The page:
The 17th hole at JCB Golf & Country Club
Imitation is the sincerest form of flattery and golf architecture has seen numerous instances over the years in which hole types have been replicated.
In some instances, the replicated version can be better than the original. The famed Redan 15th hole found at North Berwick / West in Scotland is rightly revered. However, the recreation by Charles Blair Macdonald at the 4th at the National Golf Links of America is often touted as being truer to its original concept.
The inclusion of water to overcome on par-3 holes has become a major component for many architects, but there few instances in which meaningful and lasting creations have been brought to life. The par-3 17th at TPC Sawgrass gained immediate fanfare - and some say notoriety - when Pete Dye created the diabolical island green. The hole plays under 140 yards but there is no escape from having to clear water which engulfs the green on all sides. It helps matters that each year the Players Championship is contested there and the resulting thrills of success and cries of agony are always in full view.
Few courses that have opened in the last 25 years in the United Kingdom have registered such considerable attention as JCB Golf & Country Club. Opened in 2018, the smartly crafted private club showcases the handiwork of architect Robin Hiseman and has rightly received numerous plaudits for the manner in which the varied holes cascade throughout the tumbling landscape.
The penultimate hole provides a range of emotions and is eagerly sought out to play as the round nears its climax.
Hiseman’s comments tell the story in full detail.
“The existence of the hole is a fluke. The lake wasn’t in the land area JCB designated for the golf course.
“On my second site visit I glimpsed a bit of sunlit water through the trees alongside the proposed 18th hole and thought it would be nice to lift the canopy to give golfers a view of the fishing lake beyond. I walked over and found myself looking down on this wooded island in the middle of South Lake. “The seed of an idea popped into my head that it was at just the right distance for a par 3. And that was that! There was a potentially iconic hole right there in front of me and I simply had to persuade Lord Bamford and JCB to give us the extra land to create it.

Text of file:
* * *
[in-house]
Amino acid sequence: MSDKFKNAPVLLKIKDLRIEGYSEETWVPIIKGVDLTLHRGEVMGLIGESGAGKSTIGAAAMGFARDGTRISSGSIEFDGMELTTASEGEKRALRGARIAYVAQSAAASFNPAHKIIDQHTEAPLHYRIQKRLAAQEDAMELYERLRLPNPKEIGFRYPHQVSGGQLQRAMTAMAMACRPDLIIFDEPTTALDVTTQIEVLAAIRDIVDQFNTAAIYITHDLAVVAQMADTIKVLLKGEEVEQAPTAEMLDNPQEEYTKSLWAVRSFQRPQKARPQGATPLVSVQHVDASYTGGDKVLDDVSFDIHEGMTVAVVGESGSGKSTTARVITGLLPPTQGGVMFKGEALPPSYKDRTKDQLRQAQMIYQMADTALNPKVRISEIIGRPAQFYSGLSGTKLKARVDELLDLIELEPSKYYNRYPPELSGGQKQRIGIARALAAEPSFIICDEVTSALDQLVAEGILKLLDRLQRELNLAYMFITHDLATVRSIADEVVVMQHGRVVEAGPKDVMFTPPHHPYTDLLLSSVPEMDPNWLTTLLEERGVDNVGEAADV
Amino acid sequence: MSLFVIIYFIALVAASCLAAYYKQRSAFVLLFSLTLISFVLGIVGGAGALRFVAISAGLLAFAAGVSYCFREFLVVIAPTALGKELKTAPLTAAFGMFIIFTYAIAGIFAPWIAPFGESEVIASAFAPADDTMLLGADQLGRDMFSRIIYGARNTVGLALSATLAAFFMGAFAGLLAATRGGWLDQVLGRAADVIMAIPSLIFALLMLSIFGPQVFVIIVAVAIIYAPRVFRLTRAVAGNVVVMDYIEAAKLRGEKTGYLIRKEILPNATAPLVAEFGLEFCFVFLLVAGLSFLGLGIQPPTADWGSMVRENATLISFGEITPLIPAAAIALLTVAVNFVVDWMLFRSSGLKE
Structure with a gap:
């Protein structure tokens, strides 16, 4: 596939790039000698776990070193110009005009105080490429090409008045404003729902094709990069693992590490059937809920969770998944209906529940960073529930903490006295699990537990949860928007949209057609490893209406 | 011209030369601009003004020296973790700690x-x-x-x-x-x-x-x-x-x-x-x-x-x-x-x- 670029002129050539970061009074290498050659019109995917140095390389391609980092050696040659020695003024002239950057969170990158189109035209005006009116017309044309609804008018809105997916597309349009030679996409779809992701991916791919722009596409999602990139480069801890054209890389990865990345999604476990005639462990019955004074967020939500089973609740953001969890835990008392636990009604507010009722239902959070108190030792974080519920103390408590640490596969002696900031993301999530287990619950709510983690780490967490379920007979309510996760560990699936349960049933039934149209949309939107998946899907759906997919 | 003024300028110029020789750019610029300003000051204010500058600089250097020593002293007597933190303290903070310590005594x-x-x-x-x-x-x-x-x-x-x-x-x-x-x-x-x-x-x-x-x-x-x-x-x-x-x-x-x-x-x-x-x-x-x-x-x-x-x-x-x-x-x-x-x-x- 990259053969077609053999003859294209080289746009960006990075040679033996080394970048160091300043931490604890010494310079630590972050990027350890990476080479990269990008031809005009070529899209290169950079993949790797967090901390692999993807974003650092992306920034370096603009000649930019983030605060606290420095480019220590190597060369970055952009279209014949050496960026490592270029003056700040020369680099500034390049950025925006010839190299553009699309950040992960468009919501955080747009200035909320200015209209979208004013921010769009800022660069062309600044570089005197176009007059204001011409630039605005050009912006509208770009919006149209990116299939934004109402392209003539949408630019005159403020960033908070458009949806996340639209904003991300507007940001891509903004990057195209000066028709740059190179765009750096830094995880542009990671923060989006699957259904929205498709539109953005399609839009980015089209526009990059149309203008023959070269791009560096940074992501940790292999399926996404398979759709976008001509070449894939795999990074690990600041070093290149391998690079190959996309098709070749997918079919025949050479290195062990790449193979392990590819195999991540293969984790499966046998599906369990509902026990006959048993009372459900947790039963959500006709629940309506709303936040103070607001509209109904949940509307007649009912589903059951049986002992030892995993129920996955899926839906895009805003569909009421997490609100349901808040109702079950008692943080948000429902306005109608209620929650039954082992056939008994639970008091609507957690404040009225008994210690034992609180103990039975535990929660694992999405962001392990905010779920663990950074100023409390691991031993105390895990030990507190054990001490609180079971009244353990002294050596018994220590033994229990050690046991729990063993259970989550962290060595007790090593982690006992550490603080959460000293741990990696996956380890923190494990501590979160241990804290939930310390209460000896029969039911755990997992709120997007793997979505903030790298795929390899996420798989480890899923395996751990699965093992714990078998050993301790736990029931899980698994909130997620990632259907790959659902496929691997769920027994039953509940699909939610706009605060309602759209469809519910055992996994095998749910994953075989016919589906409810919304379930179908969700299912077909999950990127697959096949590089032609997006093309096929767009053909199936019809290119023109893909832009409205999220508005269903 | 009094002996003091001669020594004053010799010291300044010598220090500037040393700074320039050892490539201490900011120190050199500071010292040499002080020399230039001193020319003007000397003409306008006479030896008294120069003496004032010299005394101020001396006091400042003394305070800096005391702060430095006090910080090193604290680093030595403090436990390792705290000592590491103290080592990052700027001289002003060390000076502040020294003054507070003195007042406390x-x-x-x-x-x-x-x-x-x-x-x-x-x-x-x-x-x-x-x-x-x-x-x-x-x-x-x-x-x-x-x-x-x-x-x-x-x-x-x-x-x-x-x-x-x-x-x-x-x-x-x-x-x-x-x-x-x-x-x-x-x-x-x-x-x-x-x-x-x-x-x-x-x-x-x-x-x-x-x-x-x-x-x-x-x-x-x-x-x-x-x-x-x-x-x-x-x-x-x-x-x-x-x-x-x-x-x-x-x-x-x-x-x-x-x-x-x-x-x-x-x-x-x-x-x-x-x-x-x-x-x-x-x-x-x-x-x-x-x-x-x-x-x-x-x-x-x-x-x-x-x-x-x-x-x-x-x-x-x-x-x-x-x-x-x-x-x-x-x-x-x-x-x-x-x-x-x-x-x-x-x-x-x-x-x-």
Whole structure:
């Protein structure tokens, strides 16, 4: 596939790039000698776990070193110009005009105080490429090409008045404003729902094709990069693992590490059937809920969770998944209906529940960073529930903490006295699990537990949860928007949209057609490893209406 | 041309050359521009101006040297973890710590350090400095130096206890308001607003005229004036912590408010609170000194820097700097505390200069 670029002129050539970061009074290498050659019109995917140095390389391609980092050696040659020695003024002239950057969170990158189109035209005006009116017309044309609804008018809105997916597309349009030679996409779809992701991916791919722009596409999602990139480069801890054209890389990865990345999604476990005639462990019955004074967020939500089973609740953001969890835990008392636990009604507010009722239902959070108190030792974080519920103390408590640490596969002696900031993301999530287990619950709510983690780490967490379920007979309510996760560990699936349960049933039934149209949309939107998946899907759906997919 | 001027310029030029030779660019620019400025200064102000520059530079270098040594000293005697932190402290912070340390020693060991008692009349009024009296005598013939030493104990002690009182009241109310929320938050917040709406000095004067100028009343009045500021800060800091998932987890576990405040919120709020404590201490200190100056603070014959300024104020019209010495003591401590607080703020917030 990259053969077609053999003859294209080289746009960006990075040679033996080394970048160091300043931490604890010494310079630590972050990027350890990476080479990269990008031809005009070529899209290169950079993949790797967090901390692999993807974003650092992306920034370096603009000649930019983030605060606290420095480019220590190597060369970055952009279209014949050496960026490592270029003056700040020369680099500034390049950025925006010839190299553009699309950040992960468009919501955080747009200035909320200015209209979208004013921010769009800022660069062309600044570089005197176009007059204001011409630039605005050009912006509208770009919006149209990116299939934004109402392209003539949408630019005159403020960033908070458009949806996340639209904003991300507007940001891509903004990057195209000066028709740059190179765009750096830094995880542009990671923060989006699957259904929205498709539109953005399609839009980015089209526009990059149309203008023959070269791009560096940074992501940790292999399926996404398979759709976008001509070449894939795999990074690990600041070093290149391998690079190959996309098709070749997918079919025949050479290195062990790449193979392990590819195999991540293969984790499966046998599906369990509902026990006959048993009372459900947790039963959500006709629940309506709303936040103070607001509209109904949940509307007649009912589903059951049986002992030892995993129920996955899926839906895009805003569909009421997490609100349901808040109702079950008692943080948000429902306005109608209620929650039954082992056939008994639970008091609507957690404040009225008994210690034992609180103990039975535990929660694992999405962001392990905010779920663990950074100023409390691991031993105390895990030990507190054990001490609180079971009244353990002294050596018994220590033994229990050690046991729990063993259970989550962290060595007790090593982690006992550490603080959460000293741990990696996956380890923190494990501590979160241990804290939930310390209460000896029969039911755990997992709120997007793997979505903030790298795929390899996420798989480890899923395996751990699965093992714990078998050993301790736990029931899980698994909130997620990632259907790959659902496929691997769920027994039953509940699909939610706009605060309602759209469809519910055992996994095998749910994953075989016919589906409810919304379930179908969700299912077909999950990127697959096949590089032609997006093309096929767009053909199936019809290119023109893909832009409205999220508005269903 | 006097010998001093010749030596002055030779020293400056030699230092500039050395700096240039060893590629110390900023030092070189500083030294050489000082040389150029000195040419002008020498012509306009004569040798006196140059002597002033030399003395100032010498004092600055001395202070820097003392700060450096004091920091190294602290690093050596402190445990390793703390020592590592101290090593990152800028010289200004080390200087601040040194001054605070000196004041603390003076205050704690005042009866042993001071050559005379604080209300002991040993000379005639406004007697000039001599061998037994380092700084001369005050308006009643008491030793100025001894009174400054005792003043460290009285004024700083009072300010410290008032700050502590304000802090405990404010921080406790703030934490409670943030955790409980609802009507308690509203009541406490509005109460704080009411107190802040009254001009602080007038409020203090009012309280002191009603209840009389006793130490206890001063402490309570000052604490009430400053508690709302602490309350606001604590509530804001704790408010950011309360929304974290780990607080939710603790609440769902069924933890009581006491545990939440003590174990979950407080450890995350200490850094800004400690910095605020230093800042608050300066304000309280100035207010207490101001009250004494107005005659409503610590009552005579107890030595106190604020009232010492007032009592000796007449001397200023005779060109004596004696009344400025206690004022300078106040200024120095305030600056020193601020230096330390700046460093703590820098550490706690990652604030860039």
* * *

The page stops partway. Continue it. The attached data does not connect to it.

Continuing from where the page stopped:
“It’s at the distance limit for such a demanding tee shot. I didn’t want to disturb the natural shoreline of the island facing the golfer, so there is 70 metres of open water to be cleared. I thought it vital that it read visually as an island, with water clearly visible in front of, to the sides and behind the green. It sounds obvious, but few island greens actually look like islands. The tees are up to 90-feet above the green, so it plays significantly shorter than the yardage.
“The green is one of the most distinctive I’ve ever designed. A spine ridge runs through the centre of the green, separating the putting surface into four distinct zones. Two bowls on the right side gather balls towards the hole, but the long, narrow shelf to the higher left side of the ridge is much trickier to access. Some of the longer putts over the ridge are really perplexing. I opted for beach bunkers to mimic the natural sandy shoreline of the island. The most difficult factor is the wind. It really moves the ball in the air from that height.
“There is an argument to say island greens are contrived, but 17 is a natural, found hole. The island had been there for over half a century, since JCB built the lake. It is just pure luck that it happened to be in exactly the right place for us to use as a golf hole. It’s the hole that every visiting golfer at JCB can’t wait to play.
“It’s a thrilling tee shot and a special journey across the long bridge out to the little island. No matter the outcome, the experience will live long in the memory.”
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